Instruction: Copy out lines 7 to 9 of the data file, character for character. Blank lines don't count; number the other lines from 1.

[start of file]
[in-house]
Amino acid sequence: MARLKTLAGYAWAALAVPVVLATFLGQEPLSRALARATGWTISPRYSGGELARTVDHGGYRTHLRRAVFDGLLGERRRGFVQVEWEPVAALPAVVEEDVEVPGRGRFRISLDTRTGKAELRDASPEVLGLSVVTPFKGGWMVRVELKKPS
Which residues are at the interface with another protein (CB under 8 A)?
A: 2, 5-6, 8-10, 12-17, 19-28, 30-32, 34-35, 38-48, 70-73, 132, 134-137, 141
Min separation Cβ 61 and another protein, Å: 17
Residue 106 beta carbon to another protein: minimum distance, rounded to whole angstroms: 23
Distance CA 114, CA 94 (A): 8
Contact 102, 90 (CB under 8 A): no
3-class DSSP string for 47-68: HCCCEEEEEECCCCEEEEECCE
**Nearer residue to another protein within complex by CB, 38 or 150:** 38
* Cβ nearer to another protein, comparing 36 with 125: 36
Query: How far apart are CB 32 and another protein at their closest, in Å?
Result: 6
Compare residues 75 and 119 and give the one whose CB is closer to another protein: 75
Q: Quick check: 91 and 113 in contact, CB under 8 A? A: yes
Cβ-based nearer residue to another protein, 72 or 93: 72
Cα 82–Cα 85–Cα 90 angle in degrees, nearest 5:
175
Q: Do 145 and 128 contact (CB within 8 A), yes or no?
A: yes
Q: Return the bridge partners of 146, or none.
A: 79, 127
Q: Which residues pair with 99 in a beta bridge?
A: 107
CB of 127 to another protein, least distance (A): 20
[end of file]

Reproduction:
Distance CA 114, CA 94 (A): 8
Contact 102, 90 (CB under 8 A): no
3-class DSSP string for 47-68: HCCCEEEEEECCCCEEEEECCE